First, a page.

December 29, 2010

"The Divine Sister" is a Miracle of Good Fun

I’m not a big fan of drag and I'm not fond of camp and yet, like just about everyone else who has seen it, I had a great time at The Divine Sister.

This campfest, written by and starring that irrepressible comic genius Charles Busch as the Mother Superior of a down-at-its-heels convent, is a high-spirited send-up of Hollywood’s fascination with nuns. I hadn’t realize what an extensive genre this is until I saw the show, which is filled with winking nods to, among others, “The Song of Bernadette,” “The Bells of St. Mary’s,” “The Nun’s Story,” “The Sound of Music,” “The Trouble with Angels,” “The Singing Nun,” “Agnes of God,” “Sister Act” and, of course, “Doubt”—with a little bit of “The Da Vinci Code” thrown in for good measure. 

But enjoyment of The Divine Sister isn’t dependent on your having seen any of them because Busch knows how to get a laugh. He piles ridiculous story line (the Mother Superior’s prior life as an intrepid girl reporter, told in flashbacks) on top of ridiculous story line (the dizzy young novitiate who is intent on seeing visions) on top of ridiculous story line (the mysterious mission of a nun visiting from Germany) until they all tumble over into hilarity.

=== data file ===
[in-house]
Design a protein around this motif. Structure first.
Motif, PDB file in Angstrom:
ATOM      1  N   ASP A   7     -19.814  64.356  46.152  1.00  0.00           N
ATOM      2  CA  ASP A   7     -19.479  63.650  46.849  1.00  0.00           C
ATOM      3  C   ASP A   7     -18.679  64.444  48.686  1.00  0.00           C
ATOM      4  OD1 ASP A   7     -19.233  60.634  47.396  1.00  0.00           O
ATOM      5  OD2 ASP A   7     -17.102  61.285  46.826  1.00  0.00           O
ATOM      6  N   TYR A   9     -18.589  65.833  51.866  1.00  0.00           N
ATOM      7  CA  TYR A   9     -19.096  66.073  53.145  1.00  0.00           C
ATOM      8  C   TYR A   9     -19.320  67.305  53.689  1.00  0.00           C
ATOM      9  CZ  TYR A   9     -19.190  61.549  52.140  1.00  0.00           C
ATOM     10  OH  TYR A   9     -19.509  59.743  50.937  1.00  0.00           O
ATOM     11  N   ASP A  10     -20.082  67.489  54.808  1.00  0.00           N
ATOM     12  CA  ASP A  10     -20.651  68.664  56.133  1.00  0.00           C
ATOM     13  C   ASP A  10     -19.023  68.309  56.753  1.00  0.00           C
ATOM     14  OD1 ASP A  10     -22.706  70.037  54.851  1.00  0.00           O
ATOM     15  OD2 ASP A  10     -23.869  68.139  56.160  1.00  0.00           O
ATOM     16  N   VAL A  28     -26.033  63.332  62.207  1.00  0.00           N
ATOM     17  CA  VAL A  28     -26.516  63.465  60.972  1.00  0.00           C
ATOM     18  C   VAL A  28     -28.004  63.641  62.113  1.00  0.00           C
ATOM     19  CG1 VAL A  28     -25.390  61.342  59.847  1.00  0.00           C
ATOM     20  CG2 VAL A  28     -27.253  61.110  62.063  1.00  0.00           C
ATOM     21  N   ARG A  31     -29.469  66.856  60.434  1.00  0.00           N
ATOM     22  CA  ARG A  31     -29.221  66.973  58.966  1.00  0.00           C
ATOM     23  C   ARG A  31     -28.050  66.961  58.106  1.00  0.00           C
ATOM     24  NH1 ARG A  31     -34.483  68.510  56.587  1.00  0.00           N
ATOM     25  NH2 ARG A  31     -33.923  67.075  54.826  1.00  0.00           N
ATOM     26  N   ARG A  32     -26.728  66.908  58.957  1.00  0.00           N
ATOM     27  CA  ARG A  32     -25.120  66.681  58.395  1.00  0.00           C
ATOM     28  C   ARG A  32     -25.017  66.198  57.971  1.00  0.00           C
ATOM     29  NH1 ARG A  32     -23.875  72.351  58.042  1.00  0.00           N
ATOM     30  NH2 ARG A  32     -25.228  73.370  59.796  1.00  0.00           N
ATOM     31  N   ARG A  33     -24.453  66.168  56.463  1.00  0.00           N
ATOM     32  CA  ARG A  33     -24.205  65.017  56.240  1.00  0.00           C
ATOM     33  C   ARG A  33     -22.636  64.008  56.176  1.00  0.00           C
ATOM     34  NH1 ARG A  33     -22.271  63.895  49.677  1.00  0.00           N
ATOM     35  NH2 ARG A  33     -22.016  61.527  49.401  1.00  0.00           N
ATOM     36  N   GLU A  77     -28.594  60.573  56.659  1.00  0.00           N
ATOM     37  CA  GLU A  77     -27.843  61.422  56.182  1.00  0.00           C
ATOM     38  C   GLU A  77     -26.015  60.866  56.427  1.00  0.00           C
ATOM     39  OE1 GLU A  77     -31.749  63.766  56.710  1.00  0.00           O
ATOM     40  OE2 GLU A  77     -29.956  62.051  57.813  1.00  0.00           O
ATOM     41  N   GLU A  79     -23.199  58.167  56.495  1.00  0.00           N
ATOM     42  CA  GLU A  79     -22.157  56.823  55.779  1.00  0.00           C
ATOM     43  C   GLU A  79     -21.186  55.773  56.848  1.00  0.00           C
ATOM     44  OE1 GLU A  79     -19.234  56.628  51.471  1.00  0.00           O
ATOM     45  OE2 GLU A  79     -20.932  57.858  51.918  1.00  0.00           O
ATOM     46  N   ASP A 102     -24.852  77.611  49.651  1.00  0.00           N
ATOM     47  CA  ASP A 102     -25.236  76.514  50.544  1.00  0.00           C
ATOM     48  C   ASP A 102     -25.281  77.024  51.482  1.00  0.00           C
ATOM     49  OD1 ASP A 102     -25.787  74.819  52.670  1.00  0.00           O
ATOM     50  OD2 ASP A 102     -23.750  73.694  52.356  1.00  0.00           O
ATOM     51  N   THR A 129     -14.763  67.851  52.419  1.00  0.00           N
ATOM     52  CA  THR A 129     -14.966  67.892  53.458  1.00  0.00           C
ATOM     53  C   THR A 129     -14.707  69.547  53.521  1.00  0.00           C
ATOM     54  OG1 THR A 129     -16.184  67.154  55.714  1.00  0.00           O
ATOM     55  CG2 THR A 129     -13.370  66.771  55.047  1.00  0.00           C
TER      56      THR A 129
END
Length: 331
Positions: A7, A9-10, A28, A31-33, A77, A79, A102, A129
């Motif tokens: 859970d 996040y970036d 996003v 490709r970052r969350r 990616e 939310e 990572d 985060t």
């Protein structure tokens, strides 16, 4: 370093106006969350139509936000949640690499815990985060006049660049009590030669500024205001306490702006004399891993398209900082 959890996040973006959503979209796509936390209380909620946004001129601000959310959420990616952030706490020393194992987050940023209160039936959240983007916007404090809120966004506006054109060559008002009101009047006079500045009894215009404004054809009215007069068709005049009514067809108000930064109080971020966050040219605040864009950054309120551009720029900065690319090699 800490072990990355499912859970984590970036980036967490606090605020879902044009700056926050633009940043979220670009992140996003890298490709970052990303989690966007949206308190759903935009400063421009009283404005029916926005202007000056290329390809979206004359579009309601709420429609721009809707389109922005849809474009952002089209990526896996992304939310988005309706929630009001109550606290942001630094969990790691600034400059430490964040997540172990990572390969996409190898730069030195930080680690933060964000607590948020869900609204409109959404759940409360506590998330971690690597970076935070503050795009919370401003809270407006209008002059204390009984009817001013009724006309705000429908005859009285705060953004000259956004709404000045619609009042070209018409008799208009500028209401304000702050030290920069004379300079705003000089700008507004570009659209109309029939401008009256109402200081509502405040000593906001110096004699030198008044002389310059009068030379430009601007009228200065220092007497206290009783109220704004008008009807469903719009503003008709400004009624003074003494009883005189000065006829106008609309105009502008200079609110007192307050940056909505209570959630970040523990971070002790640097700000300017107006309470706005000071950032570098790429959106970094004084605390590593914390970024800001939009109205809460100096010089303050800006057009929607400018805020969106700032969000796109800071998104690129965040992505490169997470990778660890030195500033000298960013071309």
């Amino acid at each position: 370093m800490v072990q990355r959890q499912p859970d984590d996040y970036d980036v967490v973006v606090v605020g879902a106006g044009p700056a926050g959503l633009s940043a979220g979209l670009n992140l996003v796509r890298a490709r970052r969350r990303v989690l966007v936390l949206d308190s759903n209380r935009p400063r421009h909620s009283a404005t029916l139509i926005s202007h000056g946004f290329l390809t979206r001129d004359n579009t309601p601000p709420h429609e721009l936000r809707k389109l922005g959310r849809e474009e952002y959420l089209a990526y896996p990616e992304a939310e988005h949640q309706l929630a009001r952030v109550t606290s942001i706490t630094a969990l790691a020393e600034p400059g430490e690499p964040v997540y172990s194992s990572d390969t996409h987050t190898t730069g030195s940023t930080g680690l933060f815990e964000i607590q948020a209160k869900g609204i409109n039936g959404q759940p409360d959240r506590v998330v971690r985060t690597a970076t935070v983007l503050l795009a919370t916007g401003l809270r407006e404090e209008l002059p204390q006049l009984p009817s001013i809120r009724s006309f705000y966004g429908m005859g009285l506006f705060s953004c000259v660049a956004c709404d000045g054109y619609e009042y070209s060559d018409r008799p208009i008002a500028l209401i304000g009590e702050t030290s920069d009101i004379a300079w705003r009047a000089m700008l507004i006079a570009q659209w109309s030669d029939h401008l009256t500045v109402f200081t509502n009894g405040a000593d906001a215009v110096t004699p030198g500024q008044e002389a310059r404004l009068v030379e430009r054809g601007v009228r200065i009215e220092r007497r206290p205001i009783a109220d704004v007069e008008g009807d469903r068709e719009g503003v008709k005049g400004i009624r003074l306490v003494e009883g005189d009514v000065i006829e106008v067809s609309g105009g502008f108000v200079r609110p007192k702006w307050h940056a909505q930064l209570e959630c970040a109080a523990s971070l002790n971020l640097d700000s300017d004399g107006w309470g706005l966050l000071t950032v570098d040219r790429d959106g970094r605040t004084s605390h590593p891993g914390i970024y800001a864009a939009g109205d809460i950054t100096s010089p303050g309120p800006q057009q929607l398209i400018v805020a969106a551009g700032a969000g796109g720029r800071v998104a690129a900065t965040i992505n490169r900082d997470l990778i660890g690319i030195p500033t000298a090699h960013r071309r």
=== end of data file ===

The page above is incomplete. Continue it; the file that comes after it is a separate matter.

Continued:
The trick of high camp—and The Divine Sister's is of the highest orderis to play it, well, straight.  This cast may chew the scenery, but it does it with sincere gusto. And perfect etiquette.  There's no sloppiness here. 

Busch is ably abetted in his merrymaking by co-conspirators he’s worked with over the years including director Carl Andress and the top-notch cast lead by the droll Julie Halston as the Mother Superior’s no-nunsense (sorry I couldn’t resist the pun) second-in-command and Alison Fraser, who gives a deliciously deadpan performance as the Teutonic nun. Even B.T. Whitehill’s cartoonish set is a hoot. 

This show, which has been extended at the Soho Playhouse through Feb. 27, won’t change your life.  Or even give you much to talk about over dinner after the show (it only runs 90 minutes so you have plenty of time to take a short walk down Spring Street to Bistro Les Amis, a cozy spot with yummy food that's perfect for a wintry evening).  But The Divine Sister will entertain you and that, in what has been a somewhat lackluster fall season, is as welcomed as any act of Divine Intervention should be.


Anonymous said...

Just popping in to say nice site.

jan@broadwayandme said...

Thanks and please pop in again!